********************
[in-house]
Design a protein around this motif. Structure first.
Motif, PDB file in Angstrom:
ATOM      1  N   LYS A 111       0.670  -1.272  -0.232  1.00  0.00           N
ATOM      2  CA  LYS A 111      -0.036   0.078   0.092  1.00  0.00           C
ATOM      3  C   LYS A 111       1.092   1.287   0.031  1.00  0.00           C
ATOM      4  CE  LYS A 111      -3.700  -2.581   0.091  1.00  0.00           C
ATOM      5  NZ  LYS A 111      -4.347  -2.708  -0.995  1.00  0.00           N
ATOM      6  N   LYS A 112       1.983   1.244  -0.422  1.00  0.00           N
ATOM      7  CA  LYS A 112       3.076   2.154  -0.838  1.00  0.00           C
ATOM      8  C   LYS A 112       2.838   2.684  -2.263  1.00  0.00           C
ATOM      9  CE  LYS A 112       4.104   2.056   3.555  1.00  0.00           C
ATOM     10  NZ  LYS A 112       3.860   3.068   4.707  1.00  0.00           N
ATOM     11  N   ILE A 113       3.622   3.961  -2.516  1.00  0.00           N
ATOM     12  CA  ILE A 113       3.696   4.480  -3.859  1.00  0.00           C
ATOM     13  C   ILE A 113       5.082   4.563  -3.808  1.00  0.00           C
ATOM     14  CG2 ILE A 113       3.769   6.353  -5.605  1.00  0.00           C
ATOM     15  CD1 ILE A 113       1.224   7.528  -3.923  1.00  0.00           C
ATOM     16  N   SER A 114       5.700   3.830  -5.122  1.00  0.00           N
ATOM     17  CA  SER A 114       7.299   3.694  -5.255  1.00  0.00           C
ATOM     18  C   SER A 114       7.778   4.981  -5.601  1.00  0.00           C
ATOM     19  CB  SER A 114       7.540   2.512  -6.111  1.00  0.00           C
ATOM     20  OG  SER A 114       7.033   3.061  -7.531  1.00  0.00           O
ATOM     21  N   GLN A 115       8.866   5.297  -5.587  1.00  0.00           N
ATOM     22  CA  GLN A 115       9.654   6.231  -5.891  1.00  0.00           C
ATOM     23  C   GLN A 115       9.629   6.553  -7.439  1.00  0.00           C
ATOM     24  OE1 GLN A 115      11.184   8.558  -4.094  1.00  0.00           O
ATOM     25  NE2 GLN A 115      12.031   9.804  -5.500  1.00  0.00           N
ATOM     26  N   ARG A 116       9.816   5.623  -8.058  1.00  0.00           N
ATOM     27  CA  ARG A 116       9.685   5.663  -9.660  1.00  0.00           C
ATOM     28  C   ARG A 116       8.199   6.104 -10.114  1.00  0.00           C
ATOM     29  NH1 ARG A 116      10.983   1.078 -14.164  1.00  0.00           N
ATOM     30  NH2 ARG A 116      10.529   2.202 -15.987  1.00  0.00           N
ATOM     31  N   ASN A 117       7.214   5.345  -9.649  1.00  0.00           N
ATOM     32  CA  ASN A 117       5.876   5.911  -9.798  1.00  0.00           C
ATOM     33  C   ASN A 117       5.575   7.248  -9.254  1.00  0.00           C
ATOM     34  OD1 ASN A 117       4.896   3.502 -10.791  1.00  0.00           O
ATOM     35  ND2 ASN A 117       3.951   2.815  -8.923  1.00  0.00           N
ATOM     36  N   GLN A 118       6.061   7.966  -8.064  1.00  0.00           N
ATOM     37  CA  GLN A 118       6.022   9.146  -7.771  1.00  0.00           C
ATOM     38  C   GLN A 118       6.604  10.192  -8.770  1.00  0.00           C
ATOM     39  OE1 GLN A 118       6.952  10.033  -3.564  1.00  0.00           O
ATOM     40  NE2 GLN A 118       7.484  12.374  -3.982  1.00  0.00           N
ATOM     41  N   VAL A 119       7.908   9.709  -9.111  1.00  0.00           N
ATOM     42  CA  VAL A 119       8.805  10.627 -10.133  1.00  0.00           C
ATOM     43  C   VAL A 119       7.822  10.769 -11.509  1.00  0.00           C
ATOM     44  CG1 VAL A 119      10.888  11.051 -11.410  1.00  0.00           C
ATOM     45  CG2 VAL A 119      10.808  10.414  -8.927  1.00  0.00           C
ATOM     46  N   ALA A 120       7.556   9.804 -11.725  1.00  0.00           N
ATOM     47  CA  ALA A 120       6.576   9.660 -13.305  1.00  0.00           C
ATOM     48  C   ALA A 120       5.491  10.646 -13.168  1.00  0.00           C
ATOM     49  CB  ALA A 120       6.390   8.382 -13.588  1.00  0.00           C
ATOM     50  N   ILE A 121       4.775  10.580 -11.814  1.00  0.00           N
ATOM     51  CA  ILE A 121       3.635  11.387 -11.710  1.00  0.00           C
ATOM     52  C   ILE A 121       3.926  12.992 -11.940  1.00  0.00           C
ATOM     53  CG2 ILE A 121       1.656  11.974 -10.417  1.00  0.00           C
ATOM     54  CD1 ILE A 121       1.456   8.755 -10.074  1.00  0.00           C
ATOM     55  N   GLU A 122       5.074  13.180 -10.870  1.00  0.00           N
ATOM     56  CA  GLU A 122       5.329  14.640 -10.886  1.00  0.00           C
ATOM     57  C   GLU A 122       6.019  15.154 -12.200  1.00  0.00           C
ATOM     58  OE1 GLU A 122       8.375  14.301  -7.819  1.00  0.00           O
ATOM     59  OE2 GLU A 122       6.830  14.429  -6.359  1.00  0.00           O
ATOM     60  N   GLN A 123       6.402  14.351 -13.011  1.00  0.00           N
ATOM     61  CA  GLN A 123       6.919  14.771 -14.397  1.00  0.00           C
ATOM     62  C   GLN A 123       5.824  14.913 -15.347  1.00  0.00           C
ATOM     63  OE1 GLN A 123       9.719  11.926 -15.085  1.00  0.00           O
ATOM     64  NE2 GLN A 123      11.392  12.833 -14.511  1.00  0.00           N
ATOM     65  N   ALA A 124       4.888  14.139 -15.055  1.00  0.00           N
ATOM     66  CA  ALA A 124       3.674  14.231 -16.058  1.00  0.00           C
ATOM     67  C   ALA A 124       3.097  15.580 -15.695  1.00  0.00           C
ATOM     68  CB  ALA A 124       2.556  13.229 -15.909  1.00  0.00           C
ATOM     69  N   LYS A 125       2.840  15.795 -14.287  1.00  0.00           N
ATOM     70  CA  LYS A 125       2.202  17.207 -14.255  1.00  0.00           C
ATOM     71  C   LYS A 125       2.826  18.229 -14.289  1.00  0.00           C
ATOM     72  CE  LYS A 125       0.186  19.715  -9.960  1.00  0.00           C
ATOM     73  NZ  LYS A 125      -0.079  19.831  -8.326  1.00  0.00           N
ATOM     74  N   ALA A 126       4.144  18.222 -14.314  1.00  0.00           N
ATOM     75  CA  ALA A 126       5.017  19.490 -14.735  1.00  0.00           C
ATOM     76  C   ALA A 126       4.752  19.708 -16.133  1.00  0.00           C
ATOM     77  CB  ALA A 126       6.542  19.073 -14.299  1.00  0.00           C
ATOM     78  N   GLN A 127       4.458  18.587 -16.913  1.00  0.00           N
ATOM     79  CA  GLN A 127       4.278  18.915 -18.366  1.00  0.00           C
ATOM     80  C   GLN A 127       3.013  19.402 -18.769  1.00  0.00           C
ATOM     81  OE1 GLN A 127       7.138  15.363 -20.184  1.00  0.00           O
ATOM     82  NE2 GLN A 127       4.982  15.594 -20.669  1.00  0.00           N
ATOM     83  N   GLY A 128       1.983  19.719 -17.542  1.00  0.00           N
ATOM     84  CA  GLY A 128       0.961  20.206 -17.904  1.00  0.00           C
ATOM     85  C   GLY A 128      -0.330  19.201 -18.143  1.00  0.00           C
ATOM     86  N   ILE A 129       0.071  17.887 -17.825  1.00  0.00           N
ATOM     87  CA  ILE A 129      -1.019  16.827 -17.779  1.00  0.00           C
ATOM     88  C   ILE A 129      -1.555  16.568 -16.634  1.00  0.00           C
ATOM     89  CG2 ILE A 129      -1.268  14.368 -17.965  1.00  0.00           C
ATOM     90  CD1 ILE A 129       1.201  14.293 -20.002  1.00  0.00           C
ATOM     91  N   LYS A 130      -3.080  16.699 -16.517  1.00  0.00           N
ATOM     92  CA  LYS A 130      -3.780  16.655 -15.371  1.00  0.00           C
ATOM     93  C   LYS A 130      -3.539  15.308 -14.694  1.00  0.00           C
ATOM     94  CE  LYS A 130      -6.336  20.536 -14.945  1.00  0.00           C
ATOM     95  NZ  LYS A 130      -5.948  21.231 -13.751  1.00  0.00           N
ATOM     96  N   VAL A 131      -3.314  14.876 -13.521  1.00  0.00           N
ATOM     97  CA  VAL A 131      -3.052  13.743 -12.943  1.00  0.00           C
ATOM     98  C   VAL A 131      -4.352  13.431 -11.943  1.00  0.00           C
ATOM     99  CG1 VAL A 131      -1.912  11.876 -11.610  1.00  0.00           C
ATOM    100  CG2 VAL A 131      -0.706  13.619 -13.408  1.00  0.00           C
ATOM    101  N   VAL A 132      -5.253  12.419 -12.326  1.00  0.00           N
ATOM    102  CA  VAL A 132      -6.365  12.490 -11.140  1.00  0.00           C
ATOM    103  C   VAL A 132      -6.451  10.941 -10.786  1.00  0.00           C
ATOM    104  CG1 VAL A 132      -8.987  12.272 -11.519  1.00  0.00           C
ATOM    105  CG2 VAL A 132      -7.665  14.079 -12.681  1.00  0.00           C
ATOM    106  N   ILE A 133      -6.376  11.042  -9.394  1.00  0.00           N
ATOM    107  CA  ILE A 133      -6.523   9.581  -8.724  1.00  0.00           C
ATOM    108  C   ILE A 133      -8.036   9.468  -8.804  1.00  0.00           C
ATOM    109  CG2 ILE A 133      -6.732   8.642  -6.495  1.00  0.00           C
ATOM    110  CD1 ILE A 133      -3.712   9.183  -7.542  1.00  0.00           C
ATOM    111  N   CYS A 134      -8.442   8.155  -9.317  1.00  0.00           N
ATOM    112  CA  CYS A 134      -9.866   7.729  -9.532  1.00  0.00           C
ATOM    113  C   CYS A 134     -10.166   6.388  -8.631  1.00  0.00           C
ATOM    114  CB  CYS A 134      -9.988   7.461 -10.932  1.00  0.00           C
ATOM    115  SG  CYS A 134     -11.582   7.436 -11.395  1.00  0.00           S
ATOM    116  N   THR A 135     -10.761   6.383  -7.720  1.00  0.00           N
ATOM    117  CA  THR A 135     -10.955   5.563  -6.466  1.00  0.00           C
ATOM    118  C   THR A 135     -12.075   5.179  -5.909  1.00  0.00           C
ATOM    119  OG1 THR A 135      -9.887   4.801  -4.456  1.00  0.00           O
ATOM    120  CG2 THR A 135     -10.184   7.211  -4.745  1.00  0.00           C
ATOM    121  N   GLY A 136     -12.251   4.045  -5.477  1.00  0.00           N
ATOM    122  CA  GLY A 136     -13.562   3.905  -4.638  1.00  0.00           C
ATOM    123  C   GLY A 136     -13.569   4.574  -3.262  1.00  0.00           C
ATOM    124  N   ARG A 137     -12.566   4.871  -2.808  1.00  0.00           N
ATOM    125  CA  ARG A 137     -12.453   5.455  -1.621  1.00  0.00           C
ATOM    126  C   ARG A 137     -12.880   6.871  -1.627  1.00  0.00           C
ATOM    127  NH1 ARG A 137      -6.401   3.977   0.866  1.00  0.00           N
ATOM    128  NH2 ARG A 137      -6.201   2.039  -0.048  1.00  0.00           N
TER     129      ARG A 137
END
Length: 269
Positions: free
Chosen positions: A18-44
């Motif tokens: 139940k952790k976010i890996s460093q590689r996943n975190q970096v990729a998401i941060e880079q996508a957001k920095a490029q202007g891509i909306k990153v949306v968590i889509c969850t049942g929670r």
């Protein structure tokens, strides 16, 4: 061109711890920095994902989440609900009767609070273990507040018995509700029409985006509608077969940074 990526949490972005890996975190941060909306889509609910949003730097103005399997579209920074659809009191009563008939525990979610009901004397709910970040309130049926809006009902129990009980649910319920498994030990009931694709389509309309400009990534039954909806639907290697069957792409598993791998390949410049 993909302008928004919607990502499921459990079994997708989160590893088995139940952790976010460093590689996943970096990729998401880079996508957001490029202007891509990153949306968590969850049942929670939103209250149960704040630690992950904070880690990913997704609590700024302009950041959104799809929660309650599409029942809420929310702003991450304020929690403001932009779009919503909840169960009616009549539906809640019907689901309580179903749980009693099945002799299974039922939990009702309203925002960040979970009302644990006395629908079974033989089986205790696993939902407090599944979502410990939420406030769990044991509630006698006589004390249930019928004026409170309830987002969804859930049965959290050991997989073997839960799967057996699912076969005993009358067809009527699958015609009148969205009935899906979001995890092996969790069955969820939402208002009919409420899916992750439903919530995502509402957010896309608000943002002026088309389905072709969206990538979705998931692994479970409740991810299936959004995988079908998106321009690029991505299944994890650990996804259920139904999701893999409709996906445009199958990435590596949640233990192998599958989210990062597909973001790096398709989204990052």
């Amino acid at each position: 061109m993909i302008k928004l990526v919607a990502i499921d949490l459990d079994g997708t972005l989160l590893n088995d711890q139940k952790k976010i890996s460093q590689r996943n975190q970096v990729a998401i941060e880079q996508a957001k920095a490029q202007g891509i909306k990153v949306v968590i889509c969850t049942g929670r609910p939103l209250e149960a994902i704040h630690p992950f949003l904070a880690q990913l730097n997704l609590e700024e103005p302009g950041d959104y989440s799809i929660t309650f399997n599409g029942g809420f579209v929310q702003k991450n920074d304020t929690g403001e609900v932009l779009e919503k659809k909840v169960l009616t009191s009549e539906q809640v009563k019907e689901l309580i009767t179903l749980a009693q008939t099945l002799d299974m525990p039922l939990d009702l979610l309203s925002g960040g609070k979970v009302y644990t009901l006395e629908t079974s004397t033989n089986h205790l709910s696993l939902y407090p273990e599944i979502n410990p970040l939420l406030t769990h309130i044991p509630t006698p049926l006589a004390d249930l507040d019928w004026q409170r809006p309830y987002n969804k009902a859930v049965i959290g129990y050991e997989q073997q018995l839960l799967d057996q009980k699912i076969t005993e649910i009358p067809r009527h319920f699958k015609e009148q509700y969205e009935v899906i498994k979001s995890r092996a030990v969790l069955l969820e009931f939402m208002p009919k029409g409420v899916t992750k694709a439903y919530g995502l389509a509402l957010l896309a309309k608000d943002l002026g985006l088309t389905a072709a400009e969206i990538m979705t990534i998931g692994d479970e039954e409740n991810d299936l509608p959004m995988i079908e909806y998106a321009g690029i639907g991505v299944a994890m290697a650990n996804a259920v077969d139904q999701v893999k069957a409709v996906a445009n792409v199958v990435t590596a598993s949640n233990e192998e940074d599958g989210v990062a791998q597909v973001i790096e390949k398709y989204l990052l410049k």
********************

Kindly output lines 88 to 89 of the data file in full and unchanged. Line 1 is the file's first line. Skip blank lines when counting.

ATOM     85  C   GLY A 128      -0.330  19.201 -18.143  1.00  0.00           C
ATOM     86  N   ILE A 129       0.071  17.887 -17.825  1.00  0.00           N